It used to be easy to know when to worm your goats. Goat dewormers used to be a part of monthly maintenance routine. Thanks to these over-worming practices, parasites have now become highly resistant to many of the chemical wormers that are available. Because of that, it’s important to approach worming in a more effective way using natural wormers for goats.
Internal parasites can take a huge toll on your herd. They affect dairy production. Inhibit normal growth. Deplete the immune system. Even kill your goats. Deworming your goats should be taken seriously, and done in an effective way.
Know Your Worms
Goats are always carrying parasites. It’s when particular ones invade, or experience a population “bloom” that they become and issue. Stress, wet pasture conditions, and poor health can all lead to a worm overload.
If you suspect your goats may be experiencing a parasite load, getting a fecal test done to identify the worms you’re dealing with is where you start. It’s easy to collect a fecal sample – usually about 8 poop pellets will do. You can collect samples from each goat, or do a pooled sample from your herd. Bag the samples in ziplock bags, label, and refrigerate them before shipping or taking to a lab. Most small animal vets will run fecals for you, but not all of them are familiar with goats, who’s fecal requires a long float time.
We ship our samples to MidAmerica Ag Research. This company is fast, affordable, and skilled at running goat fecal samples. Some people learn to run their own fecal exams with a basic microscope, slides and float solution. It can be easy and affordable to do on your own, but it takes a lot of practice to properly identify different parasites.
When you get a new goat, it’s important to run a fecal while they’re in quarantine. Moving can cause serious stress that can cause a parasite bloom, and the new goat may be carrying parasites your current herd hasn’t had exposure to. Running a fecal on new goats before they enter your herd is an important biosecurity practice.
In addition to fecals, it’s important to check your goat’s membranes for potential anemia. This is easy to do using the FAMCHA method – comparing eyelid membrane color to the FAMCHA card to see if your goat may be anemic. Anemia can be caused by barberpole worm, the deadliest goat parasite, and can let you know if your goat needs immediate intervention.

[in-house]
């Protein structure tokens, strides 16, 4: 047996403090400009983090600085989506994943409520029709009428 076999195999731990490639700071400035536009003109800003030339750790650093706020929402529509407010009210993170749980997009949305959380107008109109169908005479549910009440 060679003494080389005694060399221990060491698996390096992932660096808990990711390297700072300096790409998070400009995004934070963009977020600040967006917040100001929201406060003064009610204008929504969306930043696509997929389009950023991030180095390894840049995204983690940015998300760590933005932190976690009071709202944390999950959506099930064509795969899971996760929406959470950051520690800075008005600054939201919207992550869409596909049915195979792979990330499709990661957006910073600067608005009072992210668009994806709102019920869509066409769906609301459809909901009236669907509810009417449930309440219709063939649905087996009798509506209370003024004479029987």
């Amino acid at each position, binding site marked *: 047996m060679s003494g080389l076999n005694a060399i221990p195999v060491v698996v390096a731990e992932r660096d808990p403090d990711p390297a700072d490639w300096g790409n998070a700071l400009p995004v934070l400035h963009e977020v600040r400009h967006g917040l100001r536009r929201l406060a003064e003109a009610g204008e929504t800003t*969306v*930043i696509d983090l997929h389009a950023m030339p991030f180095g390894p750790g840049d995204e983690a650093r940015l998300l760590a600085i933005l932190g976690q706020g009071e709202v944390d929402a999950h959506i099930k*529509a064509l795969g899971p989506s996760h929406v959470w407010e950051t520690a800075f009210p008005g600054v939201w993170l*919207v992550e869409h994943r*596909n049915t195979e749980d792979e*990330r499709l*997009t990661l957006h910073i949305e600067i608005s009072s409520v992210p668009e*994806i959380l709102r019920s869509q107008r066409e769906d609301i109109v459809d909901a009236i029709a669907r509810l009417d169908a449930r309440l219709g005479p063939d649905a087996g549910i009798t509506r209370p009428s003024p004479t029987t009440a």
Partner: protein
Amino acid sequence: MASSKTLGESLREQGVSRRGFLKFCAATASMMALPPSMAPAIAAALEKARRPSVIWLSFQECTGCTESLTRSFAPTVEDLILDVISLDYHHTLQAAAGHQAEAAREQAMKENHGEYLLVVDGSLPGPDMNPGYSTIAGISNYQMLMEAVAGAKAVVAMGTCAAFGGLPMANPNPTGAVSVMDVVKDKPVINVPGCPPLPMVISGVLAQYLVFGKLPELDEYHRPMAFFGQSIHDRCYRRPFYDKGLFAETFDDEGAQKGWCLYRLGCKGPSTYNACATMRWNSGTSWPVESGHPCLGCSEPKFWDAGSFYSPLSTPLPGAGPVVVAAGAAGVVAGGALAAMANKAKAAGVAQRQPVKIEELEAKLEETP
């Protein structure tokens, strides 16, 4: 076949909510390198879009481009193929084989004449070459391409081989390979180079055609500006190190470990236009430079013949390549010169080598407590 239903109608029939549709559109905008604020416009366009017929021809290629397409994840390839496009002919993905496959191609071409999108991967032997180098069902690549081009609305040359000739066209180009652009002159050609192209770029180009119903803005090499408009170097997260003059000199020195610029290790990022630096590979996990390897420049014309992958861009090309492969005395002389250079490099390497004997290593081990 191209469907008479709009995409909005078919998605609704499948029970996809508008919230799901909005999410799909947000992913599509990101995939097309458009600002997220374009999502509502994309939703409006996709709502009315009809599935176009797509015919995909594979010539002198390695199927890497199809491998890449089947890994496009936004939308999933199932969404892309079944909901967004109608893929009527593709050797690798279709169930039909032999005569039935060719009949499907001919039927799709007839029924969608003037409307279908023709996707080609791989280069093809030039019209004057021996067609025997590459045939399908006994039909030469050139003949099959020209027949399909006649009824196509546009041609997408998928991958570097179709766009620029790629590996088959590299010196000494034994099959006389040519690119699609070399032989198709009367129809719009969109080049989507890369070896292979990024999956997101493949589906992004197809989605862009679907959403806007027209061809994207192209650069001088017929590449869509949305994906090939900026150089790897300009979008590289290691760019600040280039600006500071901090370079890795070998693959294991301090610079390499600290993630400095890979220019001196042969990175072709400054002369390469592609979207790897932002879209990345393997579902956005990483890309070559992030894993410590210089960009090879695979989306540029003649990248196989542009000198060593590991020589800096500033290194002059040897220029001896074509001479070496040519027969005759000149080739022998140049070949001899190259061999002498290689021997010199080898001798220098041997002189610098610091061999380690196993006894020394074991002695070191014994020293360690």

Natural Wormers for Goats
We maintain our herd with an herbal goat dewormer – Squirmy Wormy Bites from BiteMe! Goat Treats. There’s a wide variety of great natural dewormers out there, but we devised these treats to be easy and effective. There are a lot of herbal wormers out there, so do your research before selecting one. Make sure they contain proven effective ingredients such as wormwood or black walnut. Also be sure that you are comfortable with how they are administered and how often they need to be dosed.
Natural dewormers are a good way to keep your goats parasite free, especially if you’re raising goats for meat or dairy products. They also keep the parasites in your herd from developing a resistance to chemical dewormers. Maintaining your goats on natural wormers and running regular fecal checks can be very effective.
A newer, natural product that has recently made it’s way to the US is BioWorma. This is a new approach to parasite control that seems to be very effective. BioWorma controls parasite levels through a fungus that is distributed through the goats feces into the pasture. This isn’t a treatment for worm loads, but a preventative and maintenance product, like herbal wormers. This product is currently only available through Premier1 in the US. At the moment, it is fairy cost prohibitive for most farmers, but hopefully that price will come down as interest increases.
A lot of people use pumpkin seed as a natural dewormer for their goats. Pumpkin seeds do have anti-parasite properties, but the amount a goat would need to combat parasites effectively is unrealistic. They still make a great snack, and can contribute to an established dewormer, but do not rely on them to keep your goats parasite free.
Feeding your goats long needle pine can also help deter internal parasites. The tannins in long needle pine help act as a natural dewormer for goats. However, as with the pumpkin seeds, you can’t rely on this alone to keep your herd parasite free.
Chemical wormers have their place when you’re dealing with a severe, dangerous parasite load. Barberpole worm can not be dealt with effectively with natural wormers. Barberpole often requires a combination of chemical wormers to treat effectively.
There are several classes of chemical wormers available, and most of them are off label for goats. Before worming your goats with a chemical wormer, be sure you identify to parasite you’re treating for so you can select the right wormer for that particular parasite. Once you’ve settled on a wormer, be sure you have a reliable source for dosage instructions, as most wormers don’t having for goats. Consult your vet if possible or a reputable online resource.
If you’re dealing with a serious parasite issue, be sure you follow up your treatment with another fecal test in the following weeks to be sure what you’re doing is effective.